3. Get looking (but with Stealth) – So you have realized you need to move, have framed your story, but not sure how to start? Of course your first concern is income. Unless you can manage it financially and quit, you need to keep the job you are in while you are looking for a new one. This obviously is tough because you (and rightfully so) are concerned your current employer will find out. First things first – do NOT post your resume on boards if you want to remain confidential. What you might not realize is that recruiters at companies will often do searches on “current company” with their own firm/company as the search criteria to find who might be potentially leaving and thus get ahead of future recruiting needs. Your best bet is to search job aggregators like Indeed.com, SimplyHired.com, Glassdoor and LinkedIn. You can browse and selectively reach out to those organizations of interest without putting your information out there. As I have stated in prior posts, applying to these jobs is the last resort. You want to stand out in a meaningful way. Use your network to broker an intro the hiring manager directly (obviously with people you trust) or if no direct connection, reach out yourself. The key here is to reach out expressing interest in the company and role, not with a message that screams “get me out of my current role!”. Following companies of interest on Social media is also a good way to get to know them better (see point 5) and occasionally hear about opportunities you might not find elsewhere. Also might make sense to engage with a recruiter – but please consider if you are trying to be confidential using only one. When you engage multiple recruiters it becomes harder to manager your confidential search and also puts your name and resume out there to places and people you might not want knowing you are on the market.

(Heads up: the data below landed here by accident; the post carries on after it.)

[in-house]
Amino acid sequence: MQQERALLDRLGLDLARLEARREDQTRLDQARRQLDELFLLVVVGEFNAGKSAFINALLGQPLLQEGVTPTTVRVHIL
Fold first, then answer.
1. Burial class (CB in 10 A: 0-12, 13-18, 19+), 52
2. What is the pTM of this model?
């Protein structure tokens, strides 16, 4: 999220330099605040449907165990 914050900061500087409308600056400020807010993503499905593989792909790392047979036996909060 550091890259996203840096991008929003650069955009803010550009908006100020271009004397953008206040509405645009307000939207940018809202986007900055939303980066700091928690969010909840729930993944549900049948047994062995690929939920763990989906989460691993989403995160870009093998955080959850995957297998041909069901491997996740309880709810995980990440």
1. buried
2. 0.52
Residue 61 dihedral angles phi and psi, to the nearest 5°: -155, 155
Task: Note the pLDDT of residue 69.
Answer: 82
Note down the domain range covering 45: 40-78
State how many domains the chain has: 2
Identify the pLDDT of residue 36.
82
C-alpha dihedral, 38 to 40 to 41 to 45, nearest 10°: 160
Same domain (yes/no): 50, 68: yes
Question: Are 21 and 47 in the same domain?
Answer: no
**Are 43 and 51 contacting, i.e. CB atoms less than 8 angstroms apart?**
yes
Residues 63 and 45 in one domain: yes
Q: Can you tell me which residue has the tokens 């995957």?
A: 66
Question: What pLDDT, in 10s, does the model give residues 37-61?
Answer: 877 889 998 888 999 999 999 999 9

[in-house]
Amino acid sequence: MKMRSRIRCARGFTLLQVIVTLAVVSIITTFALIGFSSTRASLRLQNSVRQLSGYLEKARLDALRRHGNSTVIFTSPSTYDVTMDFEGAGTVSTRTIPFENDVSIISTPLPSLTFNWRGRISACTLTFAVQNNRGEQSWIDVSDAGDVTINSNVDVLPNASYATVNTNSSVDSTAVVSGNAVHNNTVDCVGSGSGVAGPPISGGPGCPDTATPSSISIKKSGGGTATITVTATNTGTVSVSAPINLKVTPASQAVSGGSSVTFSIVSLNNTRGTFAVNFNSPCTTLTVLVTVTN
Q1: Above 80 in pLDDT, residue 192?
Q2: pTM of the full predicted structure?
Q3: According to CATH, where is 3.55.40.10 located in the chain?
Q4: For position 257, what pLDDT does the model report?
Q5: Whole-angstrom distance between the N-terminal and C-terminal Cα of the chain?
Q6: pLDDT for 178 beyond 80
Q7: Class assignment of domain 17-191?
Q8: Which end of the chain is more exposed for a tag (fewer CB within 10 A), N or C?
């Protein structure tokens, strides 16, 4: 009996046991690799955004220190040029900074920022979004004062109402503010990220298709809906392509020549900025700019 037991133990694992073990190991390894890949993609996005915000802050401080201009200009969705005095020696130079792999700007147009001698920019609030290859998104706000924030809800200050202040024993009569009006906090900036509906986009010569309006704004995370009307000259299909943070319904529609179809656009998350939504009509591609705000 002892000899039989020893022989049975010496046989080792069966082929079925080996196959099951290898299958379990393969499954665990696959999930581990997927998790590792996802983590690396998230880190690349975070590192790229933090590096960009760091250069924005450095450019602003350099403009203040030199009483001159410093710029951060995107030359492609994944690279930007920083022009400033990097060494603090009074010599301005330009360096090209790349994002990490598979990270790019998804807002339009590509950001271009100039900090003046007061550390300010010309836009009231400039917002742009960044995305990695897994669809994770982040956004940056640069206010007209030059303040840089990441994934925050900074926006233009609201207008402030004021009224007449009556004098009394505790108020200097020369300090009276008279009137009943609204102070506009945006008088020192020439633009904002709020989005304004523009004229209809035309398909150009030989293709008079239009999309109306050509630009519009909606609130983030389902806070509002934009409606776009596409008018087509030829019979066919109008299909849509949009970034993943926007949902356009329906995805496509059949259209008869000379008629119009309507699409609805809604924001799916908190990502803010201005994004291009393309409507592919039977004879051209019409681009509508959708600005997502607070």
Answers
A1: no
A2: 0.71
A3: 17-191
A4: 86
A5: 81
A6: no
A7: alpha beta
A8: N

4. Your resume and LinkedIn Profile – Even if you have quit because you just couldn’t take it anymore – my advice is to leave your resume and LinkedIn profile at this job as “to present”. Reason being, right or wrong (and I DEFINITELY think wrong) hiring managers and recruiters seem to feel that “employed = hirable” and that”not currently employed = not so much”. What you also should do is update your LinkedIn profile with terms and skills you want to be found for. Dirty industry secret – recruiters often times have no clue what they are looking for and use buzz words to search for candidates. Putting these buzzwords in your profile will garner views and potential outreach from recruiters. On your resume, do not use just ONE resume to apply to jobs for the very same reason I just mentioned. As most recruiters are simply going off of buzz words, use the terminology they use in the job description on your resume (obviously being truthful). This will definitely get you past the gatekeepers and get your resume seen by the right folks.

5. Be Patient – Yes- you are in a job that you hate and realized quickly it was a bad decision. The last thing you want to do is run to something else just as bad because you just couldn’t take it anymore at your current job. As you would in any job search scenario – be patient. Do your homework on the prospective employers. There is a TON of information out there today on employers, the most obvious being Glassdoor. When you are interviewing, be prepared with questions and specifically ones that you felt you wished you would have asked before taking the job you currently have, Again – use your network at these companies to probe about working there, their business and anything else that matters to you in your next employer. From a career perspective, short term stints are bound to happen sooner or later. What you want to avoid is two in a row. While I think employers look at short term stints in a backwards way in today’s economy, the reality is that to 95% of employers out there (according to “The Ed Survey of Ed’s experience”) they will look very negatively on them. Best to make sure the next move is the RIGHT move if you catch my drift.

Here are just some tips to help you if you find yourself in a situation where you joined a company and soon realized you made a mistake. Unlike my cereal analogy, you can’t just go to Stop and Shop and get some Cocoa Pebbles after realizing Lucky Charms marshmallows rule but the actually cereal kind of sucks. You need to be decisive, frame your story, look stealthily and be patient. Trust me – your next Cocoa Pebbles is out there.

Posted on July 20, 2015 in candidate experience, counteroffer, job posting, Recruiting, selection, talent acquisition, unemployment